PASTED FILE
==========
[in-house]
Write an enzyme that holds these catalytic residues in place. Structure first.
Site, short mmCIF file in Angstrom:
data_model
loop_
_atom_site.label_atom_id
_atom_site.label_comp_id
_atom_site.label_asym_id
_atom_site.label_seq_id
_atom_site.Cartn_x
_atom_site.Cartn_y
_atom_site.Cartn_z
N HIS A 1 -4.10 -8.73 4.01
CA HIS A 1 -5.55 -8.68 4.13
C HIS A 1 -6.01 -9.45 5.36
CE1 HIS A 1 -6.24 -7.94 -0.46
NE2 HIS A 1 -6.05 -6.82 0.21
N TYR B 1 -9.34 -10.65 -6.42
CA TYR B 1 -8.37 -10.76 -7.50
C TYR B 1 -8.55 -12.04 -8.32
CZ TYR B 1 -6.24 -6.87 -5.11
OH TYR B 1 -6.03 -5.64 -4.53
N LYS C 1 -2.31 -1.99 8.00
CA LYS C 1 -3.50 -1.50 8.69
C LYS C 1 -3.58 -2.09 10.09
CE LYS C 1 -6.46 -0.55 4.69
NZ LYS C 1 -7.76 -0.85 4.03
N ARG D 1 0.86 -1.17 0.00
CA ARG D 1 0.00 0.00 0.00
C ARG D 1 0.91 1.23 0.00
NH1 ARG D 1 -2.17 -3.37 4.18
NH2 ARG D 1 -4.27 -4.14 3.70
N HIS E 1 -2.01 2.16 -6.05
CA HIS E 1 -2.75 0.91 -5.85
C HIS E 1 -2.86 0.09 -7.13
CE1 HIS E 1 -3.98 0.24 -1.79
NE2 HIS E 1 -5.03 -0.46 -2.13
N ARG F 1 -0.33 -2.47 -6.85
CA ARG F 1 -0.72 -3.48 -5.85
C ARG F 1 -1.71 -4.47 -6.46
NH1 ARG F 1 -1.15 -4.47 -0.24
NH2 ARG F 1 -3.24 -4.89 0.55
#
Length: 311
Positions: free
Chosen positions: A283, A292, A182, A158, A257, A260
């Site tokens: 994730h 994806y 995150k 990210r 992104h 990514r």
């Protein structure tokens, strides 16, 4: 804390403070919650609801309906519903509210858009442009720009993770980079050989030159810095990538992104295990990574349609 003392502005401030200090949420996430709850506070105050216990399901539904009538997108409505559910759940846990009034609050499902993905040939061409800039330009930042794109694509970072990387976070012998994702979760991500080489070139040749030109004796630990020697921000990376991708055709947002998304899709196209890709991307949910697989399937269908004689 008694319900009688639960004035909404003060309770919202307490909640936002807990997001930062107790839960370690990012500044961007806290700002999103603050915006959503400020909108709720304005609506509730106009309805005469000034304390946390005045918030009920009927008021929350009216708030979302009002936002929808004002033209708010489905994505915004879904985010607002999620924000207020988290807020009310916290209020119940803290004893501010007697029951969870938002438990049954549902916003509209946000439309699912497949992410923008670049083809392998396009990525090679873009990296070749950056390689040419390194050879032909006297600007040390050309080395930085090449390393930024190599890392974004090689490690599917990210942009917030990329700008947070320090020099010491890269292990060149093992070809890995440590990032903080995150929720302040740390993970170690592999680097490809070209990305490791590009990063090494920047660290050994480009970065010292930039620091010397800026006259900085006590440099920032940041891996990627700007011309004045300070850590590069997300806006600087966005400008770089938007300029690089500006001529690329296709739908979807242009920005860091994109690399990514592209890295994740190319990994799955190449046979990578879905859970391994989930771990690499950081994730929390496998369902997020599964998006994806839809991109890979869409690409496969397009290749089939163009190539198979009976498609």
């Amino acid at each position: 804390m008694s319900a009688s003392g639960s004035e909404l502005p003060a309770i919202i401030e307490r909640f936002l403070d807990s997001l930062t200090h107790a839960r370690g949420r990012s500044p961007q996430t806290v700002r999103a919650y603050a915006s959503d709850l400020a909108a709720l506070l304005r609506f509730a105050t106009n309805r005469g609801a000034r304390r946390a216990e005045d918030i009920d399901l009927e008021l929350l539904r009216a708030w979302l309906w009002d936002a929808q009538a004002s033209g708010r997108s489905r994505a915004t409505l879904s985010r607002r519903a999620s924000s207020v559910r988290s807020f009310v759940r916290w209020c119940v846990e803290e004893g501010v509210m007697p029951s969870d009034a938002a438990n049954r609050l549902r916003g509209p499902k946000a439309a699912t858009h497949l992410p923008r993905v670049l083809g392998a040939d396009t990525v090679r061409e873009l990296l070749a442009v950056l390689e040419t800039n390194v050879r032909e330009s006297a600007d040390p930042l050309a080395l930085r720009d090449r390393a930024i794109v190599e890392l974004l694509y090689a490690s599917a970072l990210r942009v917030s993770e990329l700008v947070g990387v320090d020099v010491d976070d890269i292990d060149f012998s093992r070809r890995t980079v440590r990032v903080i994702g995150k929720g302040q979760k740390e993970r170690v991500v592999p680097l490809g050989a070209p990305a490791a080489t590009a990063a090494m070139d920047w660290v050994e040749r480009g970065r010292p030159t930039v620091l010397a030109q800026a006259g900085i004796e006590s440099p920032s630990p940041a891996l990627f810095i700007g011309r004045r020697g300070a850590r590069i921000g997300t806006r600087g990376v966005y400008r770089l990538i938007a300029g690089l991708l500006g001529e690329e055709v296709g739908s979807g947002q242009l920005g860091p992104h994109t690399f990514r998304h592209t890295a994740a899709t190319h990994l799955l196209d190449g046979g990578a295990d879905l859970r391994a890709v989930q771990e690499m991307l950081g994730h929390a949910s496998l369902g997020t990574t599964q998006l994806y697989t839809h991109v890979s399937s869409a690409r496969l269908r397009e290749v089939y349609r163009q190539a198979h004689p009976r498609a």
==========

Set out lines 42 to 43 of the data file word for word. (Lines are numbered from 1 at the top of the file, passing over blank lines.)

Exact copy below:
NH2 ARG F 1 -3.24 -4.89 0.55
#